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June 19, 2012


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Ben Howard

Barry - This teaching provides a valuable perspective, but I might suggest that its value lies offering a counterpoise: an alternative to the view that personal suffering is created by external conditions. The world around me includes atrocities in Syria and genocide in Darfur, which are not of my making. Practice can help me maintain my equanimity, but if it can also do me a disservice if it leads me to believe that the suffering I'm witnessing--and absorbing--is somehow (or merely) the product of my conditioning.

Barry Briggs

Thank you for your comment, Ben. Many people do view Buddhism as a kind of solipsism and, if that were true, Buddhism wouldn't have much value in the world. Maybe in a mountain cave, but not in the world.

In my reading of today's passage, ZM Bon Soeng doesn't invoke a solipsistic view of suffering. He says, "We make our own life . . . we make our own suffering." But he doesn't say, thank goodness, that we make (or fabricate) the suffering of others.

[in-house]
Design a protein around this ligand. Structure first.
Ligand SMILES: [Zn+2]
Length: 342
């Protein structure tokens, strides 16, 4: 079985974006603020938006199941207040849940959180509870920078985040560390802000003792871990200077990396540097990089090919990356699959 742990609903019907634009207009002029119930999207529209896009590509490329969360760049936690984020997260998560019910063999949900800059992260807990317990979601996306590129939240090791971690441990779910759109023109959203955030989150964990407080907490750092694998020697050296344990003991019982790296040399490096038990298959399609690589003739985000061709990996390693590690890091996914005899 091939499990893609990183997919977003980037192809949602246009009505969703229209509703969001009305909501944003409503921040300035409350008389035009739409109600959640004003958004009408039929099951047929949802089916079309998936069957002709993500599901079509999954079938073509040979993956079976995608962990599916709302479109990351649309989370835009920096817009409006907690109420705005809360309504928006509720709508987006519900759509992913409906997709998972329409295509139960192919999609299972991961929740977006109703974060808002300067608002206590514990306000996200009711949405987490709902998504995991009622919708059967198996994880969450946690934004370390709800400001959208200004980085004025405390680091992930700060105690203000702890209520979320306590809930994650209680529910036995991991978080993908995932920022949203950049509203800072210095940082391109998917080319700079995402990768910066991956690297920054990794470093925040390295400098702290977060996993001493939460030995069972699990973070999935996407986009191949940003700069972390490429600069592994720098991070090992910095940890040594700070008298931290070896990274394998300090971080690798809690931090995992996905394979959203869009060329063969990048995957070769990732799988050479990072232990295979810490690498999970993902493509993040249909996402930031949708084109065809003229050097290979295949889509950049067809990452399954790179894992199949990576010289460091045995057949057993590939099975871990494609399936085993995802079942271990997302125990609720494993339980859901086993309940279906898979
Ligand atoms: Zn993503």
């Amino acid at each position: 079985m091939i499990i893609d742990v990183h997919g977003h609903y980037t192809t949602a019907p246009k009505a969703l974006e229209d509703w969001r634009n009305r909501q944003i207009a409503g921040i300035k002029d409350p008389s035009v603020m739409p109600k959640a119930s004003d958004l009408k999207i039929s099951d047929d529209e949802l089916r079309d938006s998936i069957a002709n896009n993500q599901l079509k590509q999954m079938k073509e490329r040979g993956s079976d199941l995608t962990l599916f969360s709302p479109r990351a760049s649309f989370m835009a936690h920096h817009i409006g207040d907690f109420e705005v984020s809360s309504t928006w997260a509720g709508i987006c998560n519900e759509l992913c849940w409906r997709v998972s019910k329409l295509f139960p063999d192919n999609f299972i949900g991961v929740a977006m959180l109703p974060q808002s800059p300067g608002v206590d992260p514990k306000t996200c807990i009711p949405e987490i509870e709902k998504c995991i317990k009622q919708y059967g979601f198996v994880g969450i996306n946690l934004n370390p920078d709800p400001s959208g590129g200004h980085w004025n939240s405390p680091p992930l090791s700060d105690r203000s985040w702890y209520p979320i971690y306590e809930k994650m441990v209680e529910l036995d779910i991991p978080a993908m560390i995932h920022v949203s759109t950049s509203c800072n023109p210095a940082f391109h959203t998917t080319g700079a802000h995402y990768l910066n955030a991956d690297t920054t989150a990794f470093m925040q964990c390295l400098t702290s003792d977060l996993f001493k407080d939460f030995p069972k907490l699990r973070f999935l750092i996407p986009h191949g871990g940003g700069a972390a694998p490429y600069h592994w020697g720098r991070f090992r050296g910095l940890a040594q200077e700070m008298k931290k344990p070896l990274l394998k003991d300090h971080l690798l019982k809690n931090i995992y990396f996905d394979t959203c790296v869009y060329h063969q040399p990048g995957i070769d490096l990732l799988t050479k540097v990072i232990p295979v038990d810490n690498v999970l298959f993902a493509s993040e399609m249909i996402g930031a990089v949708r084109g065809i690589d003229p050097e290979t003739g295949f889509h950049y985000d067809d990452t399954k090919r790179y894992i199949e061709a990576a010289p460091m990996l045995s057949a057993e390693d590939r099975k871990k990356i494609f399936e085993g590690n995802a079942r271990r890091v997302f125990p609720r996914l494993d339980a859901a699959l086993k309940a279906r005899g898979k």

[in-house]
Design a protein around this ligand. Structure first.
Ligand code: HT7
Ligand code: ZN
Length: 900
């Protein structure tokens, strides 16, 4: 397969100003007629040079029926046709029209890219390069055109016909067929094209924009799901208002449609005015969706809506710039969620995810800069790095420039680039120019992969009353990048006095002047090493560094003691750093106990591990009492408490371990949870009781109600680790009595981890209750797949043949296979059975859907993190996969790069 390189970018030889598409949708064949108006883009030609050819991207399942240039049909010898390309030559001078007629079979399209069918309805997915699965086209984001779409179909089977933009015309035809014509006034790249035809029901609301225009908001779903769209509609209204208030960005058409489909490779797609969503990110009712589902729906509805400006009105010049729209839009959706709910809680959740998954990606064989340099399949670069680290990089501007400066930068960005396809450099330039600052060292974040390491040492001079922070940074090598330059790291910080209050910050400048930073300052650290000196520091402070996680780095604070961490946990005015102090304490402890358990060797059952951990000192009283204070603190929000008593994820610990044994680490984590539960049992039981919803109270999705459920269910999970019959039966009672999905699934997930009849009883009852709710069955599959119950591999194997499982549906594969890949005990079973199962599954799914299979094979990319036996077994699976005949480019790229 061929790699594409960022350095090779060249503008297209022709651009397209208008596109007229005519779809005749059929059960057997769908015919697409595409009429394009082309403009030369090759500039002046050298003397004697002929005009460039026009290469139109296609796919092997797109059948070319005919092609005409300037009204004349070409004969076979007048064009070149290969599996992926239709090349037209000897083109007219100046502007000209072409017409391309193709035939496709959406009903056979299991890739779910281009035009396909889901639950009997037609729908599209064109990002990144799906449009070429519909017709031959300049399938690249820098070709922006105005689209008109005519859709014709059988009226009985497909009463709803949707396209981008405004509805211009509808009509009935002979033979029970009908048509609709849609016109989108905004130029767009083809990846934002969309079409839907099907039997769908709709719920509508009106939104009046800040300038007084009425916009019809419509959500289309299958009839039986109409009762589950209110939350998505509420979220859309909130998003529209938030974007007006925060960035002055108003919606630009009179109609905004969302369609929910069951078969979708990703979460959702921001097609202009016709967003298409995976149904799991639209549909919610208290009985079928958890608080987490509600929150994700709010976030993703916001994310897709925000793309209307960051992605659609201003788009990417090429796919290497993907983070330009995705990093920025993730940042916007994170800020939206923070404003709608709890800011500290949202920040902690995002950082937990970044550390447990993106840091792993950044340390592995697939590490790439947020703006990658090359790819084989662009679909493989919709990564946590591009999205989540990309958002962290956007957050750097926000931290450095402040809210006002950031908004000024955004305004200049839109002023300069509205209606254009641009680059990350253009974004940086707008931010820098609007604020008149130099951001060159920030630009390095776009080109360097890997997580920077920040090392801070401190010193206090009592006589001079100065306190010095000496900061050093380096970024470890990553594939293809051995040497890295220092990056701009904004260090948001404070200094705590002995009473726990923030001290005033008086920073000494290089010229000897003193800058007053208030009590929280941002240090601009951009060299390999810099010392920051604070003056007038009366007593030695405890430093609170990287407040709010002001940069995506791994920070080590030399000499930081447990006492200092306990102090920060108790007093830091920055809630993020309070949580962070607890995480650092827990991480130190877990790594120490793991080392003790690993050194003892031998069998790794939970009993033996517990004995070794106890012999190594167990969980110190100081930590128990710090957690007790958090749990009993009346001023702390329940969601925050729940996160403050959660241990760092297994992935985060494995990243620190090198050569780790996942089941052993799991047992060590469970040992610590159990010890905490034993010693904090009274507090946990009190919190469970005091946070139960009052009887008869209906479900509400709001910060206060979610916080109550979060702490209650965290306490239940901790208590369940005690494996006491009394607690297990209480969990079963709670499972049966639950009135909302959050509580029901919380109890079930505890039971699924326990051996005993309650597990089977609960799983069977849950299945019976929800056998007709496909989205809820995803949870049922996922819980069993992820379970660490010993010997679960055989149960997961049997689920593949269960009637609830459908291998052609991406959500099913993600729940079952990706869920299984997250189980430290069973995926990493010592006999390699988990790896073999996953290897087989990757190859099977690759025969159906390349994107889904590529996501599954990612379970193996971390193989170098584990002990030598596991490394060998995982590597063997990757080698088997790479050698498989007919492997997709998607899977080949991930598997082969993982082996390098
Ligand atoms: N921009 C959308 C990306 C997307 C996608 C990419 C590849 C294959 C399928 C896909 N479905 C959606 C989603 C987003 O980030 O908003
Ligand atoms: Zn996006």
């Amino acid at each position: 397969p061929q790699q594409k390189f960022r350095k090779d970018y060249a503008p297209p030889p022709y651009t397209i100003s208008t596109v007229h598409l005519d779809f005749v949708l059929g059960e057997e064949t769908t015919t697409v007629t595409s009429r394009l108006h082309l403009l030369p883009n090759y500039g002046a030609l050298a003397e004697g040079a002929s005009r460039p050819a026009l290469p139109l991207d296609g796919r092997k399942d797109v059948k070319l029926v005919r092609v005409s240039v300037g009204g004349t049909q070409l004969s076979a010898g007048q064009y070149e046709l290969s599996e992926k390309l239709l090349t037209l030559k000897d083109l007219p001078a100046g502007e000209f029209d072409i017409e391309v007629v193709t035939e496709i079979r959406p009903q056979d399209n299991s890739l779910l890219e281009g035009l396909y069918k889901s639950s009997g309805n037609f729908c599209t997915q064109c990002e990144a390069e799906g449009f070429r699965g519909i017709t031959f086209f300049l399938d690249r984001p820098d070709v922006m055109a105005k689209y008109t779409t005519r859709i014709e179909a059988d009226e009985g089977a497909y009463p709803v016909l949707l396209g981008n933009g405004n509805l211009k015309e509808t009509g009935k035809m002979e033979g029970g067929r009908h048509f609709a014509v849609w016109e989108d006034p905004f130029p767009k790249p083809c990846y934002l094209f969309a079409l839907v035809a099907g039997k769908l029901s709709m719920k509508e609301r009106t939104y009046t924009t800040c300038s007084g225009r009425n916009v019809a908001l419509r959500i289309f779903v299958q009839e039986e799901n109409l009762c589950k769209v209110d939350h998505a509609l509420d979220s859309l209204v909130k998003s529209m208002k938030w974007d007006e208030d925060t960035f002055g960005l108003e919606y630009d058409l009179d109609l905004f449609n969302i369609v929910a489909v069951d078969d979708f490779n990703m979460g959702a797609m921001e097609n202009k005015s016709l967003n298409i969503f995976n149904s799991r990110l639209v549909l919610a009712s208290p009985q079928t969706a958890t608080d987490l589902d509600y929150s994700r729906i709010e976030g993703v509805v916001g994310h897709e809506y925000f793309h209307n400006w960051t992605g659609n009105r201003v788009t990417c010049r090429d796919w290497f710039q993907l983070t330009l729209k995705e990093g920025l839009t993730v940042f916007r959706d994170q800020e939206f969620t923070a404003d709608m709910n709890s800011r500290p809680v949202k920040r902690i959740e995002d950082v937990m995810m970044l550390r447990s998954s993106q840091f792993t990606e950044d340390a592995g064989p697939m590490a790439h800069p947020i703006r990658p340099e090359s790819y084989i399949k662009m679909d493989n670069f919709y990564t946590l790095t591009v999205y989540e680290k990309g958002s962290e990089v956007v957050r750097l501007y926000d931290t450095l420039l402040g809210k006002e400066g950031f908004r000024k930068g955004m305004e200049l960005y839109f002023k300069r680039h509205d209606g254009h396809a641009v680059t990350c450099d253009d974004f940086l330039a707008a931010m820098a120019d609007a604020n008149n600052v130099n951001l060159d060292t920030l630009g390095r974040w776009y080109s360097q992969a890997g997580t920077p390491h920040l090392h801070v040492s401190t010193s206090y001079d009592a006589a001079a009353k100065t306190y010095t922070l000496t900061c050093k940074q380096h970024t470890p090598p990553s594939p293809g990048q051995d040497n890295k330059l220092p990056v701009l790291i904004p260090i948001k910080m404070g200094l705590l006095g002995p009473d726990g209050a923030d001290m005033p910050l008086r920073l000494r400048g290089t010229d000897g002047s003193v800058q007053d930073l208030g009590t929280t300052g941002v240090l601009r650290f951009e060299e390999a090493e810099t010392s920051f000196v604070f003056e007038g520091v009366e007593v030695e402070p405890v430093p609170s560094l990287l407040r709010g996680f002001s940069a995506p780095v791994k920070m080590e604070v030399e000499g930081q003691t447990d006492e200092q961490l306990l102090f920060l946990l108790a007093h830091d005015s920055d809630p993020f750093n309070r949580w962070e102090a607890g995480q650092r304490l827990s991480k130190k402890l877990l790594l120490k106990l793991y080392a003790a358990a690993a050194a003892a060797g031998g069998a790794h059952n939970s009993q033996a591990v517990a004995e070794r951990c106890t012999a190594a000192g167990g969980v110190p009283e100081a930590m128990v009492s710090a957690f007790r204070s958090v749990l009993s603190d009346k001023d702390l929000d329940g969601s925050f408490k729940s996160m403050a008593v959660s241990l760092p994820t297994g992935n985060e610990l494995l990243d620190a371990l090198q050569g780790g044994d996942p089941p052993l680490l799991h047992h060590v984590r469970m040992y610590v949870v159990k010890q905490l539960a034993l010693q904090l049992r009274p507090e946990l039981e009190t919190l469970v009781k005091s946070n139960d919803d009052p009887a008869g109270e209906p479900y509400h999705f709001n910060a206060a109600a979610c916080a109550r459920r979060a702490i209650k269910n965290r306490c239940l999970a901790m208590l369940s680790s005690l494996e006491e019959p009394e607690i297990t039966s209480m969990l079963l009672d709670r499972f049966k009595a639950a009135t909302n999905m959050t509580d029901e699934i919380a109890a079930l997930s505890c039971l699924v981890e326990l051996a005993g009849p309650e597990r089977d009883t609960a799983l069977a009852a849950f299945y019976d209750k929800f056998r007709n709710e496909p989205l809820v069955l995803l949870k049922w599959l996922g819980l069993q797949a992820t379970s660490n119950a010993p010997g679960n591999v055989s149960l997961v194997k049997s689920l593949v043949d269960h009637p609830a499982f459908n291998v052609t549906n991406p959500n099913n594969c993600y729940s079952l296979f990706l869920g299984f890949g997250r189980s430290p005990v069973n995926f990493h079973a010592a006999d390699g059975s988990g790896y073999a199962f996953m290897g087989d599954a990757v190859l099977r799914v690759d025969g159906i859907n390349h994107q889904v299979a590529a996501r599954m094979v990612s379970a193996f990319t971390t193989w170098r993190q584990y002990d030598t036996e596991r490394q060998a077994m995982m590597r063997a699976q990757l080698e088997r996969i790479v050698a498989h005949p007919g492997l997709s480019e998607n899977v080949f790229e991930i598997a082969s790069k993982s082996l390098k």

However, our conditioning - or freedom therefrom - does guide how we respond to the suffering of others. Hence, the importance of practice.

David Clark

Great quote, Barry. Very timely as well.

How can we effectively deal with this world's very real problems if we are ourselves are living in a state “like a drunken stupor”?
People in drunken stupors tend to make very poor decisions. Seeing this world clearly, unclouded by self-generated delusion should be seen as step one in repairing our broken world.



I posted this on Facebook...I wonder how many will "like" it...consciously, or not...

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